Autumnal Scenes

October 10, 2013 · 2 comments

harvesting apples and pumpkins // Wayward Spark

Well, fall is here for realz. We’ve mostly gotten over mourning the loss of summer and are now embracing all things autumnal. Delicata squash, leeks, and kale are back in our regular meal rotations. I tried to hold off on those three because I know that’s mostly what I’ll be eating for the next six months, but I do love them so.

Here are a couple random fall-ish things:

Have you read this decorative gourd bit from McSweeney’s (not for the easily offended)? It was published in 2009, so I don’t know how it’s possible that I’d never seen it until a couple weeks ago. I’d quote you a couple of my favorite lines, but it’s so hilariously inappropriate that I’ll just let you read it for yourselves.

Espe Floral is doing what looks like a really cool foraged wreath making workshop on the south Washington coast that I’d really like to attend. I kinda have a thing for wreaths, but I could still use some extra hands-on instruction. Espe is running an Instagram giveaway for a spot in the class as well as a night’s stay at the Sou’Wester Lodge + Cabins. Last time I checked, only a handful of folks had entered, so get to it folks. You can find more details about everything here.

A couple years ago, I shared my mom’s recipe for pumpkin bread (aka best pumpkin bread EVER) on this here blog. ‘Tis the season. You should make it soon.

winter squash // Wayward Spark

winter squash harvest // Wayward SparkLast Thursday, there was a treat of frost looming, so my mom was in a crunch to get all her winter squash out of the field and under cover. Henry and I had a few hours of free time, so we all headed over to “The Other Place” to clip stems and haul squash to the shed. Levi, Charlotte, and my little niece Beatrix played in the truck and ate a lot

winter squash // Wayward SparkMy mom has five kinds of squash this year: delicate, buttercup, ambercup/scarlet kabocha, green kabocha, and gray kabocha. She’ll have them all for sale at the Corvallis Saturday Farmers’ Market every week until Thanksgiving as well as the Fill Your Pantry event on November 3rd at the Community Center of the First United Methodist Church in Corvallis.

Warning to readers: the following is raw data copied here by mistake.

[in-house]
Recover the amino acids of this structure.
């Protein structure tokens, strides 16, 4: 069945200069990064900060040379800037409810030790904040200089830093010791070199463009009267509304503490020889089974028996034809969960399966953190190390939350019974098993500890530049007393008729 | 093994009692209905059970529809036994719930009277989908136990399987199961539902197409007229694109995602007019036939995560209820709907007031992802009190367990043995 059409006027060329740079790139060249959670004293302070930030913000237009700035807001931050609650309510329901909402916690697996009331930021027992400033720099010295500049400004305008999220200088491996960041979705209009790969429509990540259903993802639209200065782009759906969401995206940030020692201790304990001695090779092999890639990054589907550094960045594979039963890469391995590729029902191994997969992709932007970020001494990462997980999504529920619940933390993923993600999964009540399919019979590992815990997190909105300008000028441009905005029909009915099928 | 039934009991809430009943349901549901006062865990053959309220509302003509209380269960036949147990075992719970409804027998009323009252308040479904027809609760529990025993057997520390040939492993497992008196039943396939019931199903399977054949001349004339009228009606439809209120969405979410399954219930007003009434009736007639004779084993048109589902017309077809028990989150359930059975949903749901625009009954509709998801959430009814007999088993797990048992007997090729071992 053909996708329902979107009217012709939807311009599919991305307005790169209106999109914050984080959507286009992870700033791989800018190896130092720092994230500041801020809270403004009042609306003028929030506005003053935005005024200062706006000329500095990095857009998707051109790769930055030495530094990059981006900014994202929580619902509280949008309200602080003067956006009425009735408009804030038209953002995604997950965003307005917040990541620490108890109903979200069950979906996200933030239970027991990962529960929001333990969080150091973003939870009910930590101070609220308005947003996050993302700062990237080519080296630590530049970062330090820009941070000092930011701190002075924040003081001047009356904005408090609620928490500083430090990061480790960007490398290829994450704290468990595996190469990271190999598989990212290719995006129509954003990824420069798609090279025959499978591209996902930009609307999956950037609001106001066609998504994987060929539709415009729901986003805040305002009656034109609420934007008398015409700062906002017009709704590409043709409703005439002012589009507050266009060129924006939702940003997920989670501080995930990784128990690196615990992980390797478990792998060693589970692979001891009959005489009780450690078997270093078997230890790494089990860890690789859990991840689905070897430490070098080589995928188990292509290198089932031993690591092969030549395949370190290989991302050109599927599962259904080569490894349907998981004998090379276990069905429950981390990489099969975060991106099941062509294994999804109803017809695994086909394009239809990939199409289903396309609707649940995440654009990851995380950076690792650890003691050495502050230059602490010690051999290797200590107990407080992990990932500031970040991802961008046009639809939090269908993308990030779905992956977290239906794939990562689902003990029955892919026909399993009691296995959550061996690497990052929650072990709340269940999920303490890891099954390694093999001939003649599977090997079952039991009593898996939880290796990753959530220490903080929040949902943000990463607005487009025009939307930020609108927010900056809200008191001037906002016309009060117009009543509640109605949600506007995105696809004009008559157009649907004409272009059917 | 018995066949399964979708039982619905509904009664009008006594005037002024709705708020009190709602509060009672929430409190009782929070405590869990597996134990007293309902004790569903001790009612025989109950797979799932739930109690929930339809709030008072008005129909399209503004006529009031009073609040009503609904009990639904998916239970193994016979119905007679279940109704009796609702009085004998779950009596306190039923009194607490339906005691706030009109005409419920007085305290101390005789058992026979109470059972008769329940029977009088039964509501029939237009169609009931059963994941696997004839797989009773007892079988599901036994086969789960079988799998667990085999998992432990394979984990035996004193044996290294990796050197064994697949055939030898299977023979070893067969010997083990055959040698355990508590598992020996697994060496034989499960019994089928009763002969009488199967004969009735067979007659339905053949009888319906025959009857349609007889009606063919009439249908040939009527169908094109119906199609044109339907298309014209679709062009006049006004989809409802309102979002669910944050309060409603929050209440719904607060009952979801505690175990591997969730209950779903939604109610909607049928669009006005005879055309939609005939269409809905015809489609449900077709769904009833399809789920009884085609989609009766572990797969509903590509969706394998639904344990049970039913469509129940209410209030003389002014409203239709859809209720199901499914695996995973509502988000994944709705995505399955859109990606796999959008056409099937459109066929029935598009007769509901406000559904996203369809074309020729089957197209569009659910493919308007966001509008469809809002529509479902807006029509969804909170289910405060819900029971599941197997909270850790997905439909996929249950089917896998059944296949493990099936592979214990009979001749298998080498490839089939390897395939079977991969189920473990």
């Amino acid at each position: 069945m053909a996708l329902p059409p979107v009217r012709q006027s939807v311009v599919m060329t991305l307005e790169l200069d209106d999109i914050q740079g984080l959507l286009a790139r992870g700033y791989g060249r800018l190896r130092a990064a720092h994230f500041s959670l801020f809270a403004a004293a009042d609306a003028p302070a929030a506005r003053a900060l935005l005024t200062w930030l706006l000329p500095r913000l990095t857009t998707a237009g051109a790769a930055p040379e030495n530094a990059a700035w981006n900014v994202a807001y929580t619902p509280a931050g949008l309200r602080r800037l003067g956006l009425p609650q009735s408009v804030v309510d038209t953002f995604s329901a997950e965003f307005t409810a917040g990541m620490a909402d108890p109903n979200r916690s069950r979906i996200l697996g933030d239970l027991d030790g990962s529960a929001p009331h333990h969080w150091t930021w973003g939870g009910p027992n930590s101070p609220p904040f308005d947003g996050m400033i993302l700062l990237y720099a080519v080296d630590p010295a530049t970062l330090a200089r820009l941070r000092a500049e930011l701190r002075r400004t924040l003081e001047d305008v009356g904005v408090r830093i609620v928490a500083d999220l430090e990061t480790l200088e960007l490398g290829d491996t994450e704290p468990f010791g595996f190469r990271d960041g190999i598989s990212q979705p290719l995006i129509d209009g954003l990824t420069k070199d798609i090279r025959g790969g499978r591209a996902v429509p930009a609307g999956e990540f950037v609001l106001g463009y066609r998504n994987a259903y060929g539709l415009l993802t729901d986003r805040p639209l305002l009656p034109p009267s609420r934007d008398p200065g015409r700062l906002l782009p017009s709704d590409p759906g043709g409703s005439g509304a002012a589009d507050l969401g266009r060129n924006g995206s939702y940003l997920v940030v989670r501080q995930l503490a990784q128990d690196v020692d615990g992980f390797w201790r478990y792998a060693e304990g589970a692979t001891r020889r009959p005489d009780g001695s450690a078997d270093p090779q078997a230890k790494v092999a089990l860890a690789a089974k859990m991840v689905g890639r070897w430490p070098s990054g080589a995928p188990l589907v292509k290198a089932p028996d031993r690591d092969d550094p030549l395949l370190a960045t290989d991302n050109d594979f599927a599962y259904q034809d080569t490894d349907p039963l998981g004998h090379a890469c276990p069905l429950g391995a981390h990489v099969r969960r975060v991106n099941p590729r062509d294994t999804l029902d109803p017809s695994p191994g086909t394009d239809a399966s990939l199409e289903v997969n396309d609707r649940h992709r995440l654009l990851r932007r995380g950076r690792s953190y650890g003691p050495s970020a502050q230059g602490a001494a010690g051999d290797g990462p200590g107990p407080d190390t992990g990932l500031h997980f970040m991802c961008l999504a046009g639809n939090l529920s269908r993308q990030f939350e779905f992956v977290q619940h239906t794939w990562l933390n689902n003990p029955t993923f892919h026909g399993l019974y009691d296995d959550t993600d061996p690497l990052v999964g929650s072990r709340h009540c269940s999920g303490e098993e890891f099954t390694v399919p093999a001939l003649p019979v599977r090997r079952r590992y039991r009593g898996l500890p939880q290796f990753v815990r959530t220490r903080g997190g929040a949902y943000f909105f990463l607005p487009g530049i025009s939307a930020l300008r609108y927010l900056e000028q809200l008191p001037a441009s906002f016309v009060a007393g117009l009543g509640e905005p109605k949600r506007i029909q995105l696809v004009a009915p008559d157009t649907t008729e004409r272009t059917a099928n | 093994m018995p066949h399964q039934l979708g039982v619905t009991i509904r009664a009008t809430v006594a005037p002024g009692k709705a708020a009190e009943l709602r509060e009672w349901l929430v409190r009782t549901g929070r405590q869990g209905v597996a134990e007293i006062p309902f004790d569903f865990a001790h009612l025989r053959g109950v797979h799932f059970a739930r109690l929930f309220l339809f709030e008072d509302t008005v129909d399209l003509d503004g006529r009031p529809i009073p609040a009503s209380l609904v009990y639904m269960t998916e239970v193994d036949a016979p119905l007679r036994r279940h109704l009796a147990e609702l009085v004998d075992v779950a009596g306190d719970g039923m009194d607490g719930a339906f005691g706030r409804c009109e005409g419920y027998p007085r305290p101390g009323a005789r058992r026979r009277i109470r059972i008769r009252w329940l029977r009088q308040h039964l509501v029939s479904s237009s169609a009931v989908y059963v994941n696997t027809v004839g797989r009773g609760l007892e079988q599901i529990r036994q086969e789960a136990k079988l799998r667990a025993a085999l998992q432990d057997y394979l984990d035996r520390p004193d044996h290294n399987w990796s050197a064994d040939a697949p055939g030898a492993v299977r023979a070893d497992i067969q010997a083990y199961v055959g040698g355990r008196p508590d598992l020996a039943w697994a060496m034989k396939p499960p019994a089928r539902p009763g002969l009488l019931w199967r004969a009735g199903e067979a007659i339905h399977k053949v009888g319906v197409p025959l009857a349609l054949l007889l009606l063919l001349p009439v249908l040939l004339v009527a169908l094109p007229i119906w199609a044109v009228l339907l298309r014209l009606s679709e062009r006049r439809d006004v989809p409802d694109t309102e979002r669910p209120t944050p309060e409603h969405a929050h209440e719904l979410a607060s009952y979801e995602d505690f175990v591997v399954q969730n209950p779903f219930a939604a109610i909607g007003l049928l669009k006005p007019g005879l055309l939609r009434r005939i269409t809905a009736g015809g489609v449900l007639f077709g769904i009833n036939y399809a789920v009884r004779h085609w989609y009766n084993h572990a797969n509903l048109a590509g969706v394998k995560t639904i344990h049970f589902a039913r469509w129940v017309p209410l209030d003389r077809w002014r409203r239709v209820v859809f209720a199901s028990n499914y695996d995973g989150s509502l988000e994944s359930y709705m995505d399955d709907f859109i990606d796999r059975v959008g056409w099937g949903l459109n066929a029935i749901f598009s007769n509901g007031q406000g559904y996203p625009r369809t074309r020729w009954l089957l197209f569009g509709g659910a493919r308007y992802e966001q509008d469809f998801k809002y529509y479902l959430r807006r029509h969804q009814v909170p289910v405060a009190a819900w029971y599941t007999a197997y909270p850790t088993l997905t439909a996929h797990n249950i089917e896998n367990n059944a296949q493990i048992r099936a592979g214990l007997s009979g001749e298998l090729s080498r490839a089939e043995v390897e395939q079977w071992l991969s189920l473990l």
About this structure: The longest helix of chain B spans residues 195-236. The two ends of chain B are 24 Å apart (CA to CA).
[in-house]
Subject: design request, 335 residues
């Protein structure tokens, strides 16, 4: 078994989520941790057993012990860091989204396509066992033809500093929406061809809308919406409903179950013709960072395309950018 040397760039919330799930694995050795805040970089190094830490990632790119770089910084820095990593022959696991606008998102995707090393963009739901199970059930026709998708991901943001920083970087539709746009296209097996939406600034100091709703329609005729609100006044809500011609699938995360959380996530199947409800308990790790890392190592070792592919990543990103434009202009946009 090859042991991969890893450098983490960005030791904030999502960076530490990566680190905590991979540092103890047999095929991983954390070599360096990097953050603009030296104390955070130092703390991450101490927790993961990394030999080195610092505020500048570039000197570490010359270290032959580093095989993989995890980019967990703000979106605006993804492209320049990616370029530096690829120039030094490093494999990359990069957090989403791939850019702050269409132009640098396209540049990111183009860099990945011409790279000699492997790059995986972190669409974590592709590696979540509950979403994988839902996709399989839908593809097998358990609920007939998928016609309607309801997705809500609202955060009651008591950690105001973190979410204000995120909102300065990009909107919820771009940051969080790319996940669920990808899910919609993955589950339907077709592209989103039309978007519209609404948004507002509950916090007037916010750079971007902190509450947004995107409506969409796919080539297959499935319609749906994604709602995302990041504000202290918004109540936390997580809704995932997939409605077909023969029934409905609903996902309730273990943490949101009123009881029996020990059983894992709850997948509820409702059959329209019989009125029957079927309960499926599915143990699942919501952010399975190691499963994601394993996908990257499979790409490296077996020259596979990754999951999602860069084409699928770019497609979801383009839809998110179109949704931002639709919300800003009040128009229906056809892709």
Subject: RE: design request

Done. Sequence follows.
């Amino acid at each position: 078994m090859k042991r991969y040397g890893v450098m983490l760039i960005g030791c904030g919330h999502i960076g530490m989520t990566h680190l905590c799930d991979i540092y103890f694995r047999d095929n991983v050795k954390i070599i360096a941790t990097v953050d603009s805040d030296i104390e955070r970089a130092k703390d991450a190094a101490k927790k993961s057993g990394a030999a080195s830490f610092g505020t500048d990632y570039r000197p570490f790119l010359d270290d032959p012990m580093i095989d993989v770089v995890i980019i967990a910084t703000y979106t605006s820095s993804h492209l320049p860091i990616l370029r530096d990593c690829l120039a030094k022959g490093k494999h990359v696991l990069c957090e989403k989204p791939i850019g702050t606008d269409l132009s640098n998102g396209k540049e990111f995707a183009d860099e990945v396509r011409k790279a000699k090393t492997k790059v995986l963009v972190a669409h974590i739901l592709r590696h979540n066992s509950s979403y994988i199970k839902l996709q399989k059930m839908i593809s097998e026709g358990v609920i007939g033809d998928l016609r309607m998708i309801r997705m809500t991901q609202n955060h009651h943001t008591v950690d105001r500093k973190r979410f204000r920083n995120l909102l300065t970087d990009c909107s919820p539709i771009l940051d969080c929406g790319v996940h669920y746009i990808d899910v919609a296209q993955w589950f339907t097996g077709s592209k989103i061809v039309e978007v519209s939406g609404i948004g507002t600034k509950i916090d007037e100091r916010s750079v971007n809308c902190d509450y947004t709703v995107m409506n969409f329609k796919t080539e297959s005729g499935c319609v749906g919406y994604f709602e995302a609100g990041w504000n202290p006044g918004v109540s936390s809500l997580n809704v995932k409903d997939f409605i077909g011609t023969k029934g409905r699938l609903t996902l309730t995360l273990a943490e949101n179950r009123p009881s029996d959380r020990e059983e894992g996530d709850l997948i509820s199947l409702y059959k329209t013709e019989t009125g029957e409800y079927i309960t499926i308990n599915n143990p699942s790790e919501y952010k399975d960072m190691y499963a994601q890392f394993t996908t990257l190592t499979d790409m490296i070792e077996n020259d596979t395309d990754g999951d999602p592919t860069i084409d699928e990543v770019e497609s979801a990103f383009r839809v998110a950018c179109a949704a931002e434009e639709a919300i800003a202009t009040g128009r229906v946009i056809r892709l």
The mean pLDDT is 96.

pumpkin // Wayward Spark

pumpkins // Wayward SparkShe also has about a million jack-o-lanterns that she’d love to sell you at the farmers’ market for the next three weeks.

red onions at Oven & Earth Farm // Wayward Spark

And onions. Lots of beautiful onions.

apple cider pressing party // Wayward Spark

On Saturday, we headed over to the neighbors’ place for an old fashioned cider pressing party. Lois Olund (who rescues me whenever I have kidding trouble) and Joseph Postman (who toured me around the USDA Germ Plasm Repository in my hunt for quince last fall) own Blakesley Creek Farm just down the hill from us. Joseph has a pretty serious orchard full of dozens of different apple varieties, and the bounty is way more than two people could ever consume. Nearly every year, they invite everyone they know over to pick and press apples. It’s a good time.

Blakesley Creek Farm // Wayward Spark

Lois also raises heritage Wensleydale sheep for their beautiful wool. You can browse her selection of fiber products here.

apple cider pressing party // Wayward Sparkapple cider pressing party // Wayward Sparkapple cider pressing party // Wayward Spark

apple cider pressing party // Wayward Spark

After picking a tub of apples, Levi and Charlotte got to help load the hopper with fruit.

apple cider pressing party // Wayward Sparkcider pressing party // Wayward Spark

A team of party goers pressed many many gallons of cider over the course of the afternoon. The health department may have frowned on the conditions, but we brought home a gallon of the good stuff to enjoy, so no complaints here!

What’s shaking in your neighborhood? You have any fun fall activities or fall-themed recipes I should know about?


{ 2 comments… read them below or add one }

Leah October 12, 2013 at 7:40 am

I love the decorative gourd essay from McSweeney’s! Probably this means I have a terrible sense of humor. At least I’m in good company?


Heather October 12, 2013 at 10:27 pm

Oh! I have a sweater knitted of yarn from Lois’s flock! I love it when the internet makes the great big world into a smaller place. (It’s fantastic yarn, by the way. These sheeps are fantastic at producing lovely wool.)


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